“He was larger than life”

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Legendary Jersey boxer Joe Walcott was an unlikely champion who carved his way into the history books and captured the hearts of adoring Camden fans as an older fighter and statesman.

Now, an 8-foot bronze statue, in the works for a decade, will be unveiled on the Camden waterfront on Saturday to immortalize the boxer the town has claimed to be his own. The sculpture will represent the famous boxer in a chiseled position, his gloves raised and his arms rolled up.

“I wanted to create something that people are going to linger on for a while and get the spirit of the man,” South Jersey boxing sculptor Carl LeVotch said Friday. “He was larger than life. “

In 1947, Walcott fought Joe Louis in a much anticipated heavyweight title fight at Madison Square Garden. He knocked down Louis twice. Many thought Walcott won, but the judges declared Louis the winner in a 15-round decision. Four years later, at age 37, Walcott became the oldest man to win a heavyweight championship fight, beating Ezzard Charles. His record was not broken until 1994 when George Foreman won the title at age 45.

READ MORE: Statue slated for Camden waterfront in honor of Jersey boxer Joe Walcott: “He wasn’t just a fighter; He was a great man ‘

Teams installed the statue this week in Wiggins Park, which offers picturesque views of the Philadelphia skyline. But it will be wrapped in a plywood box until unveiled. Banners with Walcott’s photo have been erected along the walkway, and a parade through Camden will pass through the old Parkside area of ​​Walcott. Former champions Larry Holmes and Bernard Hopkins are expected.

Planners are hoping the statue will become a tourist attraction like the Rocky Statue at the Philadelphia Museum of Art. But Camden’s, they say, will stand out as it honors a real-life legend who has never forgotten his humble roots.

The statue will be a fitting tribute to Walcott’s fighting spirit and perseverance, said his eldest grandson Vincent Cream, 61, of Pennsauken. It will include a biography and a bronze replica of his championship belt.

“This is going to be a centerpiece. They’re all going to come here and take pictures, ”said Cream, who led the project. He promised his grandfather, who died in 1994, that he would be remembered.

The statue, atop a 5 foot pedestal, includes a quote that guided Walcott throughout his childhood, something he heard his father say: “Let me tell you one thing, if my son on occasion, he will become the champion. ” Walcott never forgot this and often shared it with his own children and grandchildren, Cream said.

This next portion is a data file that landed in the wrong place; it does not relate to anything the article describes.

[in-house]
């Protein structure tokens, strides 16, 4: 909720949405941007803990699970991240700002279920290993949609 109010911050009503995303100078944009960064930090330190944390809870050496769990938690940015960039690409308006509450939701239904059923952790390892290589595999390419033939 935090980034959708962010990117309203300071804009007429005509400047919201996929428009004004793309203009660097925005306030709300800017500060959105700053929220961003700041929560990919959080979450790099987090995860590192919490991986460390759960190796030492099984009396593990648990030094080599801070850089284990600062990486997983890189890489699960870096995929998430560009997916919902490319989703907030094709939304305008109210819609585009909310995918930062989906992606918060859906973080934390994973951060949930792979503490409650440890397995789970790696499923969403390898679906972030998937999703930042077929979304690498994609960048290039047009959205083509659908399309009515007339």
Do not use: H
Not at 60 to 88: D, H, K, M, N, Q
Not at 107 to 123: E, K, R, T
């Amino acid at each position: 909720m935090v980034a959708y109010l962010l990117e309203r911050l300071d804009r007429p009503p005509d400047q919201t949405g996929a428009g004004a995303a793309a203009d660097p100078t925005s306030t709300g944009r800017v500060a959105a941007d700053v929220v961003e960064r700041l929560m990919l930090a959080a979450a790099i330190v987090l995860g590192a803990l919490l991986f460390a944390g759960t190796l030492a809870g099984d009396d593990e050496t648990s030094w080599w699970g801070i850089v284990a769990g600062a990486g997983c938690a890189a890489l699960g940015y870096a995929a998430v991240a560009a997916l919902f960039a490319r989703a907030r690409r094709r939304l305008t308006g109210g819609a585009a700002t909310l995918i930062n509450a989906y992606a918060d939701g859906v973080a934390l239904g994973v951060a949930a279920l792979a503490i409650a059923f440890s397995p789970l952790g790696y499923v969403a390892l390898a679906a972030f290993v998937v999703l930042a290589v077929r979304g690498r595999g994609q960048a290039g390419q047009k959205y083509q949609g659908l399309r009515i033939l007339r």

Son of immigrants from Barbados, Arnold Raymond Cream grew up in Merchantville. Using Walcott’s name, he began boxing professionally at the age of 16 in 1930 to help his mother and 10 siblings after his father’s death. His family moved to Parkside in 1947. He retired at 39 with 51 wins, 18 losses and two draws.

After leaving the ring, Walcott starred in television shows and films, became Camden County’s first black sheriff, and headed the New Jersey State Athletic Commission. His wife, Riletta T. Cream, was a beloved educator and outspoken county owner.

“Jersey Joe’s legacy in the boxing ring speaks for itself and his record of public service is admirable,” Camden County Commissioner Louis Cappelli said in a statement. “We are proud to honor this legend of his hometown with a permanent statue in his hometown Camden.”

After months of work, a big decision for planners was whether the statue should face Philadelphia or Camden, Cream said. Camden won.

“The sun will rise on her face every day and set on her back,” Cream said.

It will be the county’s first publicly displayed monument honoring an African American. A statue of Matthew Henson, a black explorer believed to have been the first man to reach the North Pole in 1909, can be found at the Camden Shipyard Museum in the city’s Waterfront South district.

Cream said his family became very motivated to secure a statue for Walcott after visiting a statue in honor of Rocky Marciano in Brockton, Mass. – the man who won Walcott’s heavyweight title in 1952 – but it took years to complete the tribute.

Camden County has allocated $ 185,000 for the statue. The Camden County Historical Society is trying to raise around $ 120,000 to cover some of the costs.

“I did my best,” sculptor LeVotch said. “Sounds pretty much what I thought.”

The dedication will be somewhat bittersweet for the family, who mourn the death earlier this month of Walcott’s last surviving brother, Barbara Gray. Cream remembered his grandfather as being kind, humble, and always welcoming when approached by fans.

“He wasn’t just my grandfather. He was my friend, ”Cream said.

READ MORE: Jersey Joe was Camden’s ‘Rocky’. A waterfront statue in his honor takes shape.

The parade will begin at noon on Saturday at the Pub, 7600 Kaighn Ave., Pennsauken, and conclude at Wiggins Park, 2 Riverside Dr., Camden, where the statue will be unveiled at 1 p.m., followed by a concert and celebration. . For more information, visit www.camdencounty.com/jerseyjoe.


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